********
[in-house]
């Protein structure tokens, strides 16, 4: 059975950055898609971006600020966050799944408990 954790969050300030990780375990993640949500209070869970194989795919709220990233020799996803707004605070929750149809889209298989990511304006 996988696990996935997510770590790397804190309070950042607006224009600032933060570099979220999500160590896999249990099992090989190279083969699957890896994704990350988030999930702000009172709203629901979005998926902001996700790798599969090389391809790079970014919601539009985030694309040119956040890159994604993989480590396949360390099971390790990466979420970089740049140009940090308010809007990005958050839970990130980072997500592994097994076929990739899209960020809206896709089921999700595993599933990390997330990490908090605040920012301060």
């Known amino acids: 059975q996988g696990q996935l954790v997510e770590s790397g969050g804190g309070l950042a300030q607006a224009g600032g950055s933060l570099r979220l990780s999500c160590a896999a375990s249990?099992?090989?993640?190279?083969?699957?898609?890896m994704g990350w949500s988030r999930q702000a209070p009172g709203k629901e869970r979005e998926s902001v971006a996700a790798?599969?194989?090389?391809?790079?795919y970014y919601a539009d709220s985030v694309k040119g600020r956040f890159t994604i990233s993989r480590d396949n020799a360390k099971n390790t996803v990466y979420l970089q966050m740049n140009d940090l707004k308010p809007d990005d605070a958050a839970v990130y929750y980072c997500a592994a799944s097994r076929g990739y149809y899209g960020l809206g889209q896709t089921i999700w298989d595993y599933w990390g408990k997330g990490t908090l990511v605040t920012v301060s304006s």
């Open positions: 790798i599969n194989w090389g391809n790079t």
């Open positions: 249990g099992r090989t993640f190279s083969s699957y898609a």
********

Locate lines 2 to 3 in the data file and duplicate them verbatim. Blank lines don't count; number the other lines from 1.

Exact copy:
């Protein structure tokens, strides 16, 4: 059975950055898609971006600020966050799944408990 954790969050300030990780375990993640949500209070869970194989795919709220990233020799996803707004605070929750149809889209298989990511304006 996988696990996935997510770590790397804190309070950042607006224009600032933060570099979220999500160590896999249990099992090989190279083969699957890896994704990350988030999930702000009172709203629901979005998926902001996700790798599969090389391809790079970014919601539009985030694309040119956040890159994604993989480590396949360390099971390790990466979420970089740049140009940090308010809007990005958050839970990130980072997500592994097994076929990739899209960020809206896709089921999700595993599933990390997330990490908090605040920012301060």
């Known amino acids: 059975q996988g696990q996935l954790v997510e770590s790397g969050g804190g309070l950042a300030q607006a224009g600032g950055s933060l570099r979220l990780s999500c160590a896999a375990s249990?099992?090989?993640?190279?083969?699957?898609?890896m994704g990350w949500s988030r999930q702000a209070p009172g709203k629901e869970r979005e998926s902001v971006a996700a790798?599969?194989?090389?391809?790079?795919y970014y919601a539009d709220s985030v694309k040119g600020r956040f890159t994604i990233s993989r480590d396949n020799a360390k099971n390790t996803v990466y979420l970089q966050m740049n140009d940090l707004k308010p809007d990005d605070a958050a839970v990130y929750y980072c997500a592994a799944s097994r076929g990739y149809y899209g960020l809206g889209q896709t089921i999700w298989d595993y599933w990390g408990k997330g990490t908090l990511v605040t920012v301060s304006s």